Omiyamairi
Silk
Hand painted with sumi, dyes and pigments; rice paste resist

This eccentric omiyamairi (kimono for infant’s first shrine presentation) depicts a scene from Chushingura (The Tale of the 47 Ronin [Masterless Samurai]), the classic 18th century true story of loyalty and revenge. During the years that Japan was ruled by the samurai class, the ideals of the warrior were key cultural and philosophical precepts. The 47 ronin came to be models of warrior virtues. Oishi Kuranosuke, the robe’s central blindfolded figure (here partially obscured by the paper shoji), is the leader of the ronin.  Though apparently enjoying himself at the pleasure quarters, he is actually scheming to lull his enemies into a false sense of security so the ronin can exact their revenge when it is least expected.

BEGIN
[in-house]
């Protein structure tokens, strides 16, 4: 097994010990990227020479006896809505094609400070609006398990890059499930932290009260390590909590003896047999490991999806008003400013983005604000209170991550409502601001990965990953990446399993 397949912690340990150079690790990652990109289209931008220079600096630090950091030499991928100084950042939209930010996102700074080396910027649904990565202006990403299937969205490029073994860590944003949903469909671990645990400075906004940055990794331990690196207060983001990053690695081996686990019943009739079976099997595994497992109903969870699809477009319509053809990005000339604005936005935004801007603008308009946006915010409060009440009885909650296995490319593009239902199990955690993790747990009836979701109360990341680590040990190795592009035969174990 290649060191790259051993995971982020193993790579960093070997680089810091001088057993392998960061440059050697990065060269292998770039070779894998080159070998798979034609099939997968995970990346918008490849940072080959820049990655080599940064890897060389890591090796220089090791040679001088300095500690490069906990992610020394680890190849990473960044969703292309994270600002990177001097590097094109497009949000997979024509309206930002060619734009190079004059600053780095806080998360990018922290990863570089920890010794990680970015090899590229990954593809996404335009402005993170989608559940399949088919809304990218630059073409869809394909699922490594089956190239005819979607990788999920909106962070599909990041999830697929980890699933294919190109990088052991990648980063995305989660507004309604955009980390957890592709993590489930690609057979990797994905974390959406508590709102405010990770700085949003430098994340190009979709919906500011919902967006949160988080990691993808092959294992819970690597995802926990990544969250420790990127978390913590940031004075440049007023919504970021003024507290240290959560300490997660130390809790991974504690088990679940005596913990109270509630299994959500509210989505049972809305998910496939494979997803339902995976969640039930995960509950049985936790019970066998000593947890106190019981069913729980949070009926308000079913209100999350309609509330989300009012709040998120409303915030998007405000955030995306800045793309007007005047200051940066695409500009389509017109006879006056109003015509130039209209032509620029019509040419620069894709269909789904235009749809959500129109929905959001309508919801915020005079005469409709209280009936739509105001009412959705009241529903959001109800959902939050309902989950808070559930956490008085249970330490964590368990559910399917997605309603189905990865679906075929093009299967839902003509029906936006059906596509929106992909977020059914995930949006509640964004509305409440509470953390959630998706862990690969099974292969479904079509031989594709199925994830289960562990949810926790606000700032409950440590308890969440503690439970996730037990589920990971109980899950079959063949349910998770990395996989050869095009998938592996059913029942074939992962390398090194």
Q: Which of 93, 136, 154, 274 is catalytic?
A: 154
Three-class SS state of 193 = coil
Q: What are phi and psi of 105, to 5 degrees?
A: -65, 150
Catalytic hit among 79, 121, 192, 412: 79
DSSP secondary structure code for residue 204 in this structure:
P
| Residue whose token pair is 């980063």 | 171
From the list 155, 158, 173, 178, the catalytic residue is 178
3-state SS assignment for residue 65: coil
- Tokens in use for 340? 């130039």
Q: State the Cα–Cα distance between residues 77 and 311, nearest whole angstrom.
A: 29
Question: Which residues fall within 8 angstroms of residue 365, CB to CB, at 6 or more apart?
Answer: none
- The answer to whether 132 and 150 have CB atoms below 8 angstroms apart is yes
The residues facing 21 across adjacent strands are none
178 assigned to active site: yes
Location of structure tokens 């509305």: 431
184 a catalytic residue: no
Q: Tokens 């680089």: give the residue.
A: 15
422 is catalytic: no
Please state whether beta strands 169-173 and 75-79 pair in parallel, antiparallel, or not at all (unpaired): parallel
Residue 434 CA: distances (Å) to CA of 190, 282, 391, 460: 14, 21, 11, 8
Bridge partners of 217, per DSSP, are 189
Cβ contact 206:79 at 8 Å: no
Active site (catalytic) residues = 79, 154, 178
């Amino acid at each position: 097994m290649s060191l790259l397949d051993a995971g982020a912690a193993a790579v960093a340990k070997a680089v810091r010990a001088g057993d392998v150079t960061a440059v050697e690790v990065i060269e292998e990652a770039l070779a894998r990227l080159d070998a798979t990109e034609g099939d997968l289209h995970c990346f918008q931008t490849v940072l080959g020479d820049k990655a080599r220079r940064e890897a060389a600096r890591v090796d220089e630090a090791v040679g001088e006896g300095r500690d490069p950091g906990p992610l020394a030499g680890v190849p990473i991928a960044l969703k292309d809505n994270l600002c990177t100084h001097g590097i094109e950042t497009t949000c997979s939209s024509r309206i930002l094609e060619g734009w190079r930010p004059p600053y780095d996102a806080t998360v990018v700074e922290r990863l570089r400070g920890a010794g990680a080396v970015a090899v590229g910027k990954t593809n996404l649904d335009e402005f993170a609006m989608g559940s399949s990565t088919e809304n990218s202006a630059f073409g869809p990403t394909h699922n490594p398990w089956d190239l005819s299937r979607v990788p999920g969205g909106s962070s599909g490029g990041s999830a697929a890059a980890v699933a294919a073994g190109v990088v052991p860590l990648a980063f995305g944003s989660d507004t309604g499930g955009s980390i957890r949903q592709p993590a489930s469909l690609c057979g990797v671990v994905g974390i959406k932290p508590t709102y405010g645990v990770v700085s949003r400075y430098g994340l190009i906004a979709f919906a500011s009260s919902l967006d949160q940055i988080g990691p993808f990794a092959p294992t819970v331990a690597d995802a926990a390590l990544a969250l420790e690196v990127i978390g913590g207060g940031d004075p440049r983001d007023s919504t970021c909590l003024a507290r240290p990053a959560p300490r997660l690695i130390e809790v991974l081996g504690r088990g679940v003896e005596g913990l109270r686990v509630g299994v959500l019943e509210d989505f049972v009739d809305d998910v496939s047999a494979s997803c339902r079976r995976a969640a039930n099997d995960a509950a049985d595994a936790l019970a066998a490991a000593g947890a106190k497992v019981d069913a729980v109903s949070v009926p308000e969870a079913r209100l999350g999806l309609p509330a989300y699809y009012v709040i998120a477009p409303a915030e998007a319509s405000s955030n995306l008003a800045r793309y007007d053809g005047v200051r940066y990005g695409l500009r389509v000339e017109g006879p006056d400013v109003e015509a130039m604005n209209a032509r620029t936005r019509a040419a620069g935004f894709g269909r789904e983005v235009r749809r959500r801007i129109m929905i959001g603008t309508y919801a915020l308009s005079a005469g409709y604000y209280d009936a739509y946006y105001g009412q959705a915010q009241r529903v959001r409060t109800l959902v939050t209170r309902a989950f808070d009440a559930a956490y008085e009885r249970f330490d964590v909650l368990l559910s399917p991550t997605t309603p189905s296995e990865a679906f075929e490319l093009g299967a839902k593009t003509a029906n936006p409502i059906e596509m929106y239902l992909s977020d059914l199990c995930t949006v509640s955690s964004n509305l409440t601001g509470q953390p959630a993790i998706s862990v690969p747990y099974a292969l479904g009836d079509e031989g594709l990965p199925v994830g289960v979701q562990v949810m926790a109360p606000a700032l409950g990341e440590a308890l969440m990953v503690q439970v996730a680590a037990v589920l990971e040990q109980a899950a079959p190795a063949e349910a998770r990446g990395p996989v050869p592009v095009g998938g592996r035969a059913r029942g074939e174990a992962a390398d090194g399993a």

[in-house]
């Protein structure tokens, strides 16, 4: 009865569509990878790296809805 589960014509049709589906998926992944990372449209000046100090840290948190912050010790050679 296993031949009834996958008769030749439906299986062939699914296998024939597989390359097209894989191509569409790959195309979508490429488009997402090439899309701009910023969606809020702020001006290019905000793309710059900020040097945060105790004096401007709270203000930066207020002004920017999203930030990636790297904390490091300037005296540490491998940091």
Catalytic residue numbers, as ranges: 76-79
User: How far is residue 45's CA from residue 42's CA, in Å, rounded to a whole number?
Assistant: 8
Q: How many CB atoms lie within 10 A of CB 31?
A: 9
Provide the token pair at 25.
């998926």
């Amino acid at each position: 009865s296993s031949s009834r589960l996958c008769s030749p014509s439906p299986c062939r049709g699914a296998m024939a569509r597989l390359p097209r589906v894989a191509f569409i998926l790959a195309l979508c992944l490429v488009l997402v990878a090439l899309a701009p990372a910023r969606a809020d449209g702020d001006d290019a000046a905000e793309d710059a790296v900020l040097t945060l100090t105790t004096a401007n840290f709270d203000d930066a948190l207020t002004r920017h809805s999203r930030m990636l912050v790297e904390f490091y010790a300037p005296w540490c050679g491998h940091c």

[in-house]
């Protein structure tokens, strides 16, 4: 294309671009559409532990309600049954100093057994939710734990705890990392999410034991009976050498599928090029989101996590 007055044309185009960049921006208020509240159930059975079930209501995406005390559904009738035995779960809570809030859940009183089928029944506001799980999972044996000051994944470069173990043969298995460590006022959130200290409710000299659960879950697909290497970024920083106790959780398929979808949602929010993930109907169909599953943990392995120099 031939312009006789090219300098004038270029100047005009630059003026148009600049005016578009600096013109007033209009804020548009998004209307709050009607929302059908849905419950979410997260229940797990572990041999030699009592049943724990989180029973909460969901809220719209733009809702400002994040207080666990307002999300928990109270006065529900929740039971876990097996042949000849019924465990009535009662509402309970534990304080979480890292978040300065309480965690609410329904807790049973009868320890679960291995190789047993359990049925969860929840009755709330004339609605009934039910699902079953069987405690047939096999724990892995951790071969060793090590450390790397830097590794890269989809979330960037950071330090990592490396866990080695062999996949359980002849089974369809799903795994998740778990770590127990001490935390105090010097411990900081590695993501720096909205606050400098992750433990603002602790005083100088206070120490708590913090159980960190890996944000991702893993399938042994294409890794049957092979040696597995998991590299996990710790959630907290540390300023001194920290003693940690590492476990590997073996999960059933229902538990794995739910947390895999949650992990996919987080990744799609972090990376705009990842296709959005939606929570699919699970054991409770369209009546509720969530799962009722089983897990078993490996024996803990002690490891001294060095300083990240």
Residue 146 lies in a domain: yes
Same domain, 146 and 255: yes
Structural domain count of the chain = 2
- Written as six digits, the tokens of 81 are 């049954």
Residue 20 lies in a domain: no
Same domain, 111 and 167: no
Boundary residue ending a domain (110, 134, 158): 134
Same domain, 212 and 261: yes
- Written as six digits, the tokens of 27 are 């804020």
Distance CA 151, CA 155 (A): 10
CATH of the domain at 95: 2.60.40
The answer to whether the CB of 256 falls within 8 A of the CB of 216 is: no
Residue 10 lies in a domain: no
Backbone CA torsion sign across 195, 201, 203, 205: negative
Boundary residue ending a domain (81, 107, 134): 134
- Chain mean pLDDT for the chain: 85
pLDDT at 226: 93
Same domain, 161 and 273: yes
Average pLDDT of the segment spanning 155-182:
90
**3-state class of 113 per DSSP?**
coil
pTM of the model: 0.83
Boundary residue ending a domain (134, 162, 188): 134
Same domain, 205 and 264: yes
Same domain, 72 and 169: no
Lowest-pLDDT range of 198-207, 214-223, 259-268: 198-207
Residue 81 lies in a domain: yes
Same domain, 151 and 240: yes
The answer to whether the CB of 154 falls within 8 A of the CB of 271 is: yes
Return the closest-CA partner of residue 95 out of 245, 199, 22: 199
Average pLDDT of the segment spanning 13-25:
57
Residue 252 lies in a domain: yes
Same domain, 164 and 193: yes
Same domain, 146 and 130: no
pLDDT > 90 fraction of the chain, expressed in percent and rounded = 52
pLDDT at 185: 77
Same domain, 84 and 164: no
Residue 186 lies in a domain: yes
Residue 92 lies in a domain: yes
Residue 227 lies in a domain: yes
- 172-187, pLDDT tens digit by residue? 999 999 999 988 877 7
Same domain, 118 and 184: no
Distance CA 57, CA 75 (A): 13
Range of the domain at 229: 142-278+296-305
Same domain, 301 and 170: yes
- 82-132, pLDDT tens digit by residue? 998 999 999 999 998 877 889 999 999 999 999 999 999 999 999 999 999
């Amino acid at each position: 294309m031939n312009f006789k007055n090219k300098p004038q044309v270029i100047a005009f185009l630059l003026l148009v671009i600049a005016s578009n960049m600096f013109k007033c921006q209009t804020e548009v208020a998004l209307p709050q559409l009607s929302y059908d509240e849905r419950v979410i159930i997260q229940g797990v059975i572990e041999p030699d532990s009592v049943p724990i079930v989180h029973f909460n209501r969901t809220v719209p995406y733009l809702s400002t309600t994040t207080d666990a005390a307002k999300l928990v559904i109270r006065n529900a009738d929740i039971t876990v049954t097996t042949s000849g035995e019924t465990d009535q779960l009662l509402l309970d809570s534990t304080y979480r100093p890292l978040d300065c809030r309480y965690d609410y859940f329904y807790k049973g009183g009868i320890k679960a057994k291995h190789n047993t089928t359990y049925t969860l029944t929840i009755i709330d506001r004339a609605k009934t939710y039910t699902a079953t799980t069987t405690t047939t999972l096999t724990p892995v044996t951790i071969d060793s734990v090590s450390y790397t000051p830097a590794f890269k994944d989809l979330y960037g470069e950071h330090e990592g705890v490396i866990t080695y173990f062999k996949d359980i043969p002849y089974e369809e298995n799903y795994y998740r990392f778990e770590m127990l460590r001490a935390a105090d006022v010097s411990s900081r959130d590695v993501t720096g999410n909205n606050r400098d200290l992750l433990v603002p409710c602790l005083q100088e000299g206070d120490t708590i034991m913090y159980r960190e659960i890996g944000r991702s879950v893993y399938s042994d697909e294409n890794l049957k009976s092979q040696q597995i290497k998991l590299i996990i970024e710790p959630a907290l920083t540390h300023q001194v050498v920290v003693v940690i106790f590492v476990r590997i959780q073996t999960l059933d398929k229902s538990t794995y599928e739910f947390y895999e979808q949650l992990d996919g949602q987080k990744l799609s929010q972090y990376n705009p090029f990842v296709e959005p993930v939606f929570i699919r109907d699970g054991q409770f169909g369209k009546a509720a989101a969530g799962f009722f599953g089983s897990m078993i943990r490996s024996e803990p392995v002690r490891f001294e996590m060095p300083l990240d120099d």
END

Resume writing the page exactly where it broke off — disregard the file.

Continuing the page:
The two lines of thread, one hanging straight down, the other angled to the left, are called osemamori, or ‘back protectors’, and are believed to protect the infant.

The embroidery that decorates the ties is not unique to this piece. Books called semoncho demonstrated, on sturdy paper and with actual embroidery thread, a variety of designs to choose from.

This robe is one of a two-piece matching set. The matching piece will be posted tomorrow.

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